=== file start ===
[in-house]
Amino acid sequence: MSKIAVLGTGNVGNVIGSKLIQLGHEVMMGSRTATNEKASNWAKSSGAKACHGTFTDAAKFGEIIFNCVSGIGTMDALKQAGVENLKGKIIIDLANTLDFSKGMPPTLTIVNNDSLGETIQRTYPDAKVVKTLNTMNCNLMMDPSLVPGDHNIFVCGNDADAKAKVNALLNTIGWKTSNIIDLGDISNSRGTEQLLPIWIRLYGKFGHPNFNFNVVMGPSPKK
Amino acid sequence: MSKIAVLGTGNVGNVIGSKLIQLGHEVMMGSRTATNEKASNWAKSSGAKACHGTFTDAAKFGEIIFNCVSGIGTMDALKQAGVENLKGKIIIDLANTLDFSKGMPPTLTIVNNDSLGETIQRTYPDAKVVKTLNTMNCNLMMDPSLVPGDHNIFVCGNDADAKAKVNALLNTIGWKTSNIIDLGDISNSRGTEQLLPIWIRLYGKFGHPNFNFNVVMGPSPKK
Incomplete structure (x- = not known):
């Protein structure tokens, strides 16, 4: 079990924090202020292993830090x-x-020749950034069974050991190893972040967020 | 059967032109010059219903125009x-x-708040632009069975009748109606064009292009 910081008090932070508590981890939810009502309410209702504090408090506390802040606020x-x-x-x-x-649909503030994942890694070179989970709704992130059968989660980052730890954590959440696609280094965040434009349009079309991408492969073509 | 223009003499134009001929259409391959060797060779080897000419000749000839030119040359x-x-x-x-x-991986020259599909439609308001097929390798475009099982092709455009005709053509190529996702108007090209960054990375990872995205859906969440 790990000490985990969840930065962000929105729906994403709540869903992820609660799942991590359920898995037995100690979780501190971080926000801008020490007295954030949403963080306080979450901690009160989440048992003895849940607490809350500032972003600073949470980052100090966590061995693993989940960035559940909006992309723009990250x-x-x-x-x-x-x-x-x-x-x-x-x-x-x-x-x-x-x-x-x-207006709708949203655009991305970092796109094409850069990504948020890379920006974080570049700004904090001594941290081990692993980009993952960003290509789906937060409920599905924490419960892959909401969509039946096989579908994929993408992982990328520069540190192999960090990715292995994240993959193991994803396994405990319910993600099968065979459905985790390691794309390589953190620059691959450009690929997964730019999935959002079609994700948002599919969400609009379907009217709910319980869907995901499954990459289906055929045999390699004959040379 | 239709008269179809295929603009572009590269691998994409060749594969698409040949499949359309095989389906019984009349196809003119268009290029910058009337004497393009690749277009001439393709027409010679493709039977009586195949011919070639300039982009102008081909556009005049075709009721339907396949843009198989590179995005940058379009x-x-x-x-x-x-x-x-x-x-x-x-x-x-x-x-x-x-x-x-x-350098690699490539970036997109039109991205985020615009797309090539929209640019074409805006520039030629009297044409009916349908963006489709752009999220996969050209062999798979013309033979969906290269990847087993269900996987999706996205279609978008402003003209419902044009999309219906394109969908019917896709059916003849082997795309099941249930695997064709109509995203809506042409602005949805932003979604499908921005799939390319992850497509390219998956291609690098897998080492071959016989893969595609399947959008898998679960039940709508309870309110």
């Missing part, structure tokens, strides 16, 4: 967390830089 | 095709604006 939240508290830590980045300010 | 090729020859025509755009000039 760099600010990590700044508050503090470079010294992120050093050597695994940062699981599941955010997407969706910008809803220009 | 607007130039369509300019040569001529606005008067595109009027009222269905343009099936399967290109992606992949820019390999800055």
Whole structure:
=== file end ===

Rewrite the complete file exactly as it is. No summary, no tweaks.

[in-house]
Amino acid sequence: MSKIAVLGTGNVGNVIGSKLIQLGHEVMMGSRTATNEKASNWAKSSGAKACHGTFTDAAKFGEIIFNCVSGIGTMDALKQAGVENLKGKIIIDLANTLDFSKGMPPTLTIVNNDSLGETIQRTYPDAKVVKTLNTMNCNLMMDPSLVPGDHNIFVCGNDADAKAKVNALLNTIGWKTSNIIDLGDISNSRGTEQLLPIWIRLYGKFGHPNFNFNVVMGPSPKK
Amino acid sequence: MSKIAVLGTGNVGNVIGSKLIQLGHEVMMGSRTATNEKASNWAKSSGAKACHGTFTDAAKFGEIIFNCVSGIGTMDALKQAGVENLKGKIIIDLANTLDFSKGMPPTLTIVNNDSLGETIQRTYPDAKVVKTLNTMNCNLMMDPSLVPGDHNIFVCGNDADAKAKVNALLNTIGWKTSNIIDLGDISNSRGTEQLLPIWIRLYGKFGHPNFNFNVVMGPSPKK
Incomplete structure (x- = not known):
């Protein structure tokens, strides 16, 4: 079990924090202020292993830090x-x-020749950034069974050991190893972040967020 | 059967032109010059219903125009x-x-708040632009069975009748109606064009292009 910081008090932070508590981890939810009502309410209702504090408090506390802040606020x-x-x-x-x-649909503030994942890694070179989970709704992130059968989660980052730890954590959440696609280094965040434009349009079309991408492969073509 | 223009003499134009001929259409391959060797060779080897000419000749000839030119040359x-x-x-x-x-991986020259599909439609308001097929390798475009099982092709455009005709053509190529996702108007090209960054990375990872995205859906969440 790990000490985990969840930065962000929105729906994403709540869903992820609660799942991590359920898995037995100690979780501190971080926000801008020490007295954030949403963080306080979450901690009160989440048992003895849940607490809350500032972003600073949470980052100090966590061995693993989940960035559940909006992309723009990250x-x-x-x-x-x-x-x-x-x-x-x-x-x-x-x-x-x-x-x-x-207006709708949203655009991305970092796109094409850069990504948020890379920006974080570049700004904090001594941290081990692993980009993952960003290509789906937060409920599905924490419960892959909401969509039946096989579908994929993408992982990328520069540190192999960090990715292995994240993959193991994803396994405990319910993600099968065979459905985790390691794309390589953190620059691959450009690929997964730019999935959002079609994700948002599919969400609009379907009217709910319980869907995901499954990459289906055929045999390699004959040379 | 239709008269179809295929603009572009590269691998994409060749594969698409040949499949359309095989389906019984009349196809003119268009290029910058009337004497393009690749277009001439393709027409010679493709039977009586195949011919070639300039982009102008081909556009005049075709009721339907396949843009198989590179995005940058379009x-x-x-x-x-x-x-x-x-x-x-x-x-x-x-x-x-x-x-x-x-350098690699490539970036997109039109991205985020615009797309090539929209640019074409805006520039030629009297044409009916349908963006489709752009999220996969050209062999798979013309033979969906290269990847087993269900996987999706996205279609978008402003003209419902044009999309219906394109969908019917896709059916003849082997795309099941249930695997064709109509995203809506042409602005949805932003979604499908921005799939390319992850497509390219998956291609690098897998080492071959016989893969595609399947959008898998679960039940709508309870309110």
């Missing part, structure tokens, strides 16, 4: 967390830089 | 095709604006 939240508290830590980045300010 | 090729020859025509755009000039 760099600010990590700044508050503090470079010294992120050093050597695994940062699981599941955010997407969706910008809803220009 | 607007130039369509300019040569001529606005008067595109009027009222269905343009099936399967290109992606992949820019390999800055």
Whole structure: